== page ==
The auction continues until someone realizes that they are in a lose-lose situation and they stop. At that stage, both bidders lose. The losing bidder just loses $95 more than the ‘winner.’

Dan reports that the highest price he has ever been offered was €590! Yes, Euros. That means he actually made more than €1,000 (he received €590 + €585, being €1175, and only paid out €100. (And yes – he insists that people pay him!) At this stage, one of the bidders has lost €490 and the other has lost €585. But they have both lost. Dan reports that there is almost always two losers like this. The bidding always goes well beyond the face value of the prize.

So, why do people keep bidding, even when the inevitable outcome of the bidding becomes so obvious to spot? The reason is that people really hate losing. Losing anything, really, but money especially. People will go to a lot of trouble to avoid a loss. And sometimes that trouble will cause even greater losses. In this case, the fact that the auction turns into a competition to see who loses more is also a key part of the problem.

This is a really key thing for humans to understand about ourselves – especially given how many things are held up to us as if they are a competition. Financial competition is usually bad for the competitors. This is why businesses try to avoid competition wherever they can. But people should, too.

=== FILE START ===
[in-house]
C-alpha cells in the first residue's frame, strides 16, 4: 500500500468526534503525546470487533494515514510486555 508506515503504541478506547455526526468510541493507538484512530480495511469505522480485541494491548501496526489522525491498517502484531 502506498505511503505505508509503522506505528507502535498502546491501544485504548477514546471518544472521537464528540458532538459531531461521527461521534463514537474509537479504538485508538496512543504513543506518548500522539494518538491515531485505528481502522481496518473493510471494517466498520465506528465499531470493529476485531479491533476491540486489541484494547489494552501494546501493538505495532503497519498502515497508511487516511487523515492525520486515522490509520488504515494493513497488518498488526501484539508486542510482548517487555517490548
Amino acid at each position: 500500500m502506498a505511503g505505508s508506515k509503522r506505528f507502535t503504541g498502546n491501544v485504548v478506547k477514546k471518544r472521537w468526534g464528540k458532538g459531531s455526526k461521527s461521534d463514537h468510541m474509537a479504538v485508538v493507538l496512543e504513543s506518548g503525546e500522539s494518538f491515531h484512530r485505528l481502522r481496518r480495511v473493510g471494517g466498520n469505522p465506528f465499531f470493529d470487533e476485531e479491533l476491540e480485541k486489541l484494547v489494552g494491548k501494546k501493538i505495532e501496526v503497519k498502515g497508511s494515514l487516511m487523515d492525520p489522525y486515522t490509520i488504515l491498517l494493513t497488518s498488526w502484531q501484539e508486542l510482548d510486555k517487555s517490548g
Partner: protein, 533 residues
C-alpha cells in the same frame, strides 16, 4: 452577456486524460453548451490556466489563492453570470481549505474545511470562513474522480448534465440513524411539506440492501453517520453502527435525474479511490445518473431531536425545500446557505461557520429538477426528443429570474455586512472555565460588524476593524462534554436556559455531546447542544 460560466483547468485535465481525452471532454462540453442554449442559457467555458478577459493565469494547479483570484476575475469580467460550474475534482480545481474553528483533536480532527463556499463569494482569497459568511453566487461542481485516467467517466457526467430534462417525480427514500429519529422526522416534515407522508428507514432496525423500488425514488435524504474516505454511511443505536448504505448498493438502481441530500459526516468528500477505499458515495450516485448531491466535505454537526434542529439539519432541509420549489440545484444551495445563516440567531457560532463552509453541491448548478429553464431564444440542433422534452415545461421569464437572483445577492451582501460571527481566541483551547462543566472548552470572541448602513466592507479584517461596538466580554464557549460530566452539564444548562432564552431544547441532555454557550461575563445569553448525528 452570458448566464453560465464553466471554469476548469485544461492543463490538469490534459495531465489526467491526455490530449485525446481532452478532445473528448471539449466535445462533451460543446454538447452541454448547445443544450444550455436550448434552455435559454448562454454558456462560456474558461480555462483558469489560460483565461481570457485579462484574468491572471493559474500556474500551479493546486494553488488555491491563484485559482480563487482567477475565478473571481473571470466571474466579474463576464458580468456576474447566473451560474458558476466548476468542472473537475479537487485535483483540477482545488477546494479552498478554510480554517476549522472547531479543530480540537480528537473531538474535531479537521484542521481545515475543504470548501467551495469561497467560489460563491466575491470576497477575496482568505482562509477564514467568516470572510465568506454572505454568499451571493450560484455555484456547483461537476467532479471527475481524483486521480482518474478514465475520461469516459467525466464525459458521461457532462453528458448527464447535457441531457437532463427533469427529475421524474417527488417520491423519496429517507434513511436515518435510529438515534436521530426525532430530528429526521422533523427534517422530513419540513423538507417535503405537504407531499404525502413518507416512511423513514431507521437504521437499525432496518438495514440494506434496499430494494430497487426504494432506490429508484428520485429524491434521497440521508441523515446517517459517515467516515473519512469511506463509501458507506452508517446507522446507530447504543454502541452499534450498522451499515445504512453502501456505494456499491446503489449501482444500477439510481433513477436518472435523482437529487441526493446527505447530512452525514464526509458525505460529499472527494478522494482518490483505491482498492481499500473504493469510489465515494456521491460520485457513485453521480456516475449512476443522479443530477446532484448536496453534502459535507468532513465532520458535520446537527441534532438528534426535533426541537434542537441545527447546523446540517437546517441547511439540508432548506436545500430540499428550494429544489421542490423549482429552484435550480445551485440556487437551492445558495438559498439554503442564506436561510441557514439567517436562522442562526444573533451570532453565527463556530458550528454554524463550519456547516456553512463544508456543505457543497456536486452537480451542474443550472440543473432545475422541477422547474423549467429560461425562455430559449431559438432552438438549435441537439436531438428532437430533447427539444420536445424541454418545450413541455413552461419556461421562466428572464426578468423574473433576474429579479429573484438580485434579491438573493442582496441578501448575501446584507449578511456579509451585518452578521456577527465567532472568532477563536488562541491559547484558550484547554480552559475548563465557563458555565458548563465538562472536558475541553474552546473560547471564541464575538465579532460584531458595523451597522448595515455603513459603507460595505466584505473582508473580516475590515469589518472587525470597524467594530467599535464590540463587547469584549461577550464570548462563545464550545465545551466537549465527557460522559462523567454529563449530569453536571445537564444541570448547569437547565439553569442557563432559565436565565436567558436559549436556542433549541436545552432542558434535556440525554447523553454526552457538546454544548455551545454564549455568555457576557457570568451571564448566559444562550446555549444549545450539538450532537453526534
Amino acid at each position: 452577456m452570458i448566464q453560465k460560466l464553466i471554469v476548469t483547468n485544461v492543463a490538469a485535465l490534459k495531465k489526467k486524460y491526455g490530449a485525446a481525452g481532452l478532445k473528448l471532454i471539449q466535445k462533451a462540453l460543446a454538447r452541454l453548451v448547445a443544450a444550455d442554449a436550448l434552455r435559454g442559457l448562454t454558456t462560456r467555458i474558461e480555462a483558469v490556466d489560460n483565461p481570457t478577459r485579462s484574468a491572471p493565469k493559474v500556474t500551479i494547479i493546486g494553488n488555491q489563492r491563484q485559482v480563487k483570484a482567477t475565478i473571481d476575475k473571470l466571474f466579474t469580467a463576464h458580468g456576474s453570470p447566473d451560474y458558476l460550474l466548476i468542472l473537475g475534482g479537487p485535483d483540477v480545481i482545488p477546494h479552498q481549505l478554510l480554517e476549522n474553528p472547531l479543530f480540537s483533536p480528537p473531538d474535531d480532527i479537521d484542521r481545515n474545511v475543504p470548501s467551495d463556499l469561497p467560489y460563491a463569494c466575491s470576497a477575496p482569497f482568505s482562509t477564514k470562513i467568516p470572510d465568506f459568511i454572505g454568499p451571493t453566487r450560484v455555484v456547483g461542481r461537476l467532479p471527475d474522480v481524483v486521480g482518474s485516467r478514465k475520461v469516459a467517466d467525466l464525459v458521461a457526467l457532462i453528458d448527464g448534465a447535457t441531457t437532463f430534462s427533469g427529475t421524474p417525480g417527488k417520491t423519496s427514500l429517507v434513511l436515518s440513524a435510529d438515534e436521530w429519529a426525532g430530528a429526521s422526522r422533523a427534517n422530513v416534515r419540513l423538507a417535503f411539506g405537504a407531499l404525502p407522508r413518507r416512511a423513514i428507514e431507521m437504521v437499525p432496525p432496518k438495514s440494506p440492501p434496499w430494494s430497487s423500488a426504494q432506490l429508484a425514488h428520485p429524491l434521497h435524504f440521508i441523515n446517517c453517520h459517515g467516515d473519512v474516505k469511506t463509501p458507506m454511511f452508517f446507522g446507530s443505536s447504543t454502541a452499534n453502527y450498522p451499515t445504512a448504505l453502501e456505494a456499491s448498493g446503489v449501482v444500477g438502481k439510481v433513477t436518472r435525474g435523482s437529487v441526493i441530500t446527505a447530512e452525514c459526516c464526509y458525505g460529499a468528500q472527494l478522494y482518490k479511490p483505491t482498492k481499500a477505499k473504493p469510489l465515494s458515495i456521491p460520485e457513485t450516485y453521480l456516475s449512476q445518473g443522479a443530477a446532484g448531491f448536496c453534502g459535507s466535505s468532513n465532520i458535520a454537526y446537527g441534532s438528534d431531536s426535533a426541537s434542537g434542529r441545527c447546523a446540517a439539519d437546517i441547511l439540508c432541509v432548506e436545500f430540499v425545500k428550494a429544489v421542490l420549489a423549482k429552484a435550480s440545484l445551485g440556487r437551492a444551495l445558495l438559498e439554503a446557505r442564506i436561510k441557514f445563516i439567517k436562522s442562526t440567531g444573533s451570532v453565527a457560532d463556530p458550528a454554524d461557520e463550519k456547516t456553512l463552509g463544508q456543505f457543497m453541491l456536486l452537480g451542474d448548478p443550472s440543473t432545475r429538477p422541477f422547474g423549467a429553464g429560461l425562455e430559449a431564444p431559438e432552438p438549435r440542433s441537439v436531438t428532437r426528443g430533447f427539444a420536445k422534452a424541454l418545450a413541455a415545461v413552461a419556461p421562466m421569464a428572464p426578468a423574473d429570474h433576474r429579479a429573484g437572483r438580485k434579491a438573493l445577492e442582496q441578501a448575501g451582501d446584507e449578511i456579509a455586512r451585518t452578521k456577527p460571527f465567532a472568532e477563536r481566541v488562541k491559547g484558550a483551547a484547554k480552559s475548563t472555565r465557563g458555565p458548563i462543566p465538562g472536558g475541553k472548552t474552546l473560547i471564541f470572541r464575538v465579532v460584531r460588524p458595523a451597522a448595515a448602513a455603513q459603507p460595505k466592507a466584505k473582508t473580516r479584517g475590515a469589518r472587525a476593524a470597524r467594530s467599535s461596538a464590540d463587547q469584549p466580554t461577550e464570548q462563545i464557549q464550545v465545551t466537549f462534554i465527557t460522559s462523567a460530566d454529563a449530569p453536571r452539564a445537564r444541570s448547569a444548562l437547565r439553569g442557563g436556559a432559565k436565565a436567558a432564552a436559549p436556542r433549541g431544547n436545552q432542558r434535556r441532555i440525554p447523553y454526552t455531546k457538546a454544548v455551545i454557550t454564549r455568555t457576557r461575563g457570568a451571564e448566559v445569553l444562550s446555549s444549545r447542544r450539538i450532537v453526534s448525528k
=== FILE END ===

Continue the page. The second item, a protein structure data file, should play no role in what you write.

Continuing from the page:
Think of what is probably the biggest purchase most of us ever make – buying a house. If you buy at auction, listen closely to the way the auctioneer speaks. He or she (but usually he) will almost always use language like ‘winning’ the auction. He is trying to turn the bidding into a competition, because he knows people hate losing.

Of course, even if you buy a house at auction, you do not ‘win’ the house. You still have to pay for it! And, if you allow yourself to get too caught up in winning and losing, you might find you pay more than you needed to. The good news is that, for house auctions and most other real world auctions, the second highest bidder does not have to pay. Ariely adds that to his experiment to make the point more clearly: humans who cannot accept a loss end up losing more.

Indeed, we need to resist the idea that a house auction is a competition, and instead understand that it is simply a way to reveal something that already exists but is simply not yet known – the person prepared and able to pay the most for the house.  The buyer already exists at the start of the auction – we just don’t know who it is yet.

So, what would be the only way to ‘win’ Dan’s auction? The only way to ensure you make money is to get together with the other bidder/s and agree not to compete. Agree that there will only be one bid, of $5. No one else will get involved. This guarantees a win of $95 (the $100 note minus the $5 bid). The co-operative non-bidders can then split the $95 evenly between them.

Co-operation. Beats competition almost every time.